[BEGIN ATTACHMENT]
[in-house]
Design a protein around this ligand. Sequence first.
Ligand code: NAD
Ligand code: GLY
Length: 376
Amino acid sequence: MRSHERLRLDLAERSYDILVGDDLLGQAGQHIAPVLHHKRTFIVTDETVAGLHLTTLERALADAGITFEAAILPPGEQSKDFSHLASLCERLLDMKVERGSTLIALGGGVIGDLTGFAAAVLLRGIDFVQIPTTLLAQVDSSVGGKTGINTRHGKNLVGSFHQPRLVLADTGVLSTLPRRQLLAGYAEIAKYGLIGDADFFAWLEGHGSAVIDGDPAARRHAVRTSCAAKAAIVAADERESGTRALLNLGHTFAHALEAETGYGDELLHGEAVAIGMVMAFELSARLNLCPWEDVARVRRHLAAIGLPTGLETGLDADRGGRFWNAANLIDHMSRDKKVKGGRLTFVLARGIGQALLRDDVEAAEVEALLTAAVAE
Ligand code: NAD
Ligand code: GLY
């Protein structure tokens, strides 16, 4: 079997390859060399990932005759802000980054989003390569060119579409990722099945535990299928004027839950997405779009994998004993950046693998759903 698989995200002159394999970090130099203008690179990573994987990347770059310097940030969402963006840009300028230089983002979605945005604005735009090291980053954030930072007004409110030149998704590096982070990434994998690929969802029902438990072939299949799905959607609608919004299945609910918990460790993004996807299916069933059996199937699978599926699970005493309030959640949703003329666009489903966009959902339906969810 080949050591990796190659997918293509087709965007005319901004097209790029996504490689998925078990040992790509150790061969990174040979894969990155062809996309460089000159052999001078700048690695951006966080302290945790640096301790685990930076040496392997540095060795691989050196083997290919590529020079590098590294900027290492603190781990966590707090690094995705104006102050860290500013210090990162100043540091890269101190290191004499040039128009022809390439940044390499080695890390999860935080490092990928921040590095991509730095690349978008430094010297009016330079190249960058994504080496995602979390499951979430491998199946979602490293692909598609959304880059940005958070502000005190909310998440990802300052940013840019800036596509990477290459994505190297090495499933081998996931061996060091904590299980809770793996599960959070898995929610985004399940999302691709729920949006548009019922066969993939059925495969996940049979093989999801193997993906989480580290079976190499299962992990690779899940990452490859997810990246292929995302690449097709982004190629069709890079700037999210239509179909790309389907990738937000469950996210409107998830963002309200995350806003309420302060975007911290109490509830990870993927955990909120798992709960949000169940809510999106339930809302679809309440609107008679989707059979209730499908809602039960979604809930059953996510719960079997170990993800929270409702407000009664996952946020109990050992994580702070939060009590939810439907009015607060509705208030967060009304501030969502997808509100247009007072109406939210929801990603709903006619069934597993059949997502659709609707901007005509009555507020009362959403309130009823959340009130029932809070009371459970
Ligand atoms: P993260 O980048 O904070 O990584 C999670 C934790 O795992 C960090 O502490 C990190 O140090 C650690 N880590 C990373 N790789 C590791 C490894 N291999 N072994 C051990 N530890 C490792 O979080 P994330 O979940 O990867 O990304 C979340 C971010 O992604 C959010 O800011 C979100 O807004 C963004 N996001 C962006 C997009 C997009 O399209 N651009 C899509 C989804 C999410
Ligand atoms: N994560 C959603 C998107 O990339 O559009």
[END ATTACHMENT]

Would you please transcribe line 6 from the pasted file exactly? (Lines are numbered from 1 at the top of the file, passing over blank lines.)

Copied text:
Amino acid sequence: MRSHERLRLDLAERSYDILVGDDLLGQAGQHIAPVLHHKRTFIVTDETVAGLHLTTLERALADAGITFEAAILPPGEQSKDFSHLASLCERLLDMKVERGSTLIALGGGVIGDLTGFAAAVLLRGIDFVQIPTTLLAQVDSSVGGKTGINTRHGKNLVGSFHQPRLVLADTGVLSTLPRRQLLAGYAEIAKYGLIGDADFFAWLEGHGSAVIDGDPAARRHAVRTSCAAKAAIVAADERESGTRALLNLGHTFAHALEAETGYGDELLHGEAVAIGMVMAFELSARLNLCPWEDVARVRRHLAAIGLPTGLETGLDADRGGRFWNAANLIDHMSRDKKVKGGRLTFVLARGIGQALLRDDVEAAEVEALLTAAVAE